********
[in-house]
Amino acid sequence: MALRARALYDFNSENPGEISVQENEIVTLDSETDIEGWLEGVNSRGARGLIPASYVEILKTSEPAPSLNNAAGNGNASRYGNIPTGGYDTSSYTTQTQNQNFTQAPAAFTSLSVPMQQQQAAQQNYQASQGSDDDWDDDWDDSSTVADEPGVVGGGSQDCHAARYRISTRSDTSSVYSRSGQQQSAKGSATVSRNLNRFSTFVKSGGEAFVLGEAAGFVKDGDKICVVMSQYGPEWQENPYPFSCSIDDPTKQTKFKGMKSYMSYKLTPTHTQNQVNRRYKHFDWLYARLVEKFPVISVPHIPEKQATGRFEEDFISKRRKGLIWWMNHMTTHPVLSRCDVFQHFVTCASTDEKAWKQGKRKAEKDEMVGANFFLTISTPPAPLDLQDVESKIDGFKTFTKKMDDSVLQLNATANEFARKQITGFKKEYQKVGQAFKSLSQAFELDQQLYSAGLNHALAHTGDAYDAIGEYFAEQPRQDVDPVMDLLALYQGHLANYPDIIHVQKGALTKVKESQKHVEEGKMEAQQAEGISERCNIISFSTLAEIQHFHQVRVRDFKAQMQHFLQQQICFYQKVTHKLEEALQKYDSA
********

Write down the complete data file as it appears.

[in-house]
Amino acid sequence: MALRARALYDFNSENPGEISVQENEIVTLDSETDIEGWLEGVNSRGARGLIPASYVEILKTSEPAPSLNNAAGNGNASRYGNIPTGGYDTSSYTTQTQNQNFTQAPAAFTSLSVPMQQQQAAQQNYQASQGSDDDWDDDWDDSSTVADEPGVVGGGSQDCHAARYRISTRSDTSSVYSRSGQQQSAKGSATVSRNLNRFSTFVKSGGEAFVLGEAAGFVKDGDKICVVMSQYGPEWQENPYPFSCSIDDPTKQTKFKGMKSYMSYKLTPTHTQNQVNRRYKHFDWLYARLVEKFPVISVPHIPEKQATGRFEEDFISKRRKGLIWWMNHMTTHPVLSRCDVFQHFVTCASTDEKAWKQGKRKAEKDEMVGANFFLTISTPPAPLDLQDVESKIDGFKTFTKKMDDSVLQLNATANEFARKQITGFKKEYQKVGQAFKSLSQAFELDQQLYSAGLNHALAHTGDAYDAIGEYFAEQPRQDVDPVMDLLALYQGHLANYPDIIHVQKGALTKVKESQKHVEEGKMEAQQAEGISERCNIISFSTLAEIQHFHQVRVRDFKAQMQHFLQQQICFYQKVTHKLEEALQKYDSA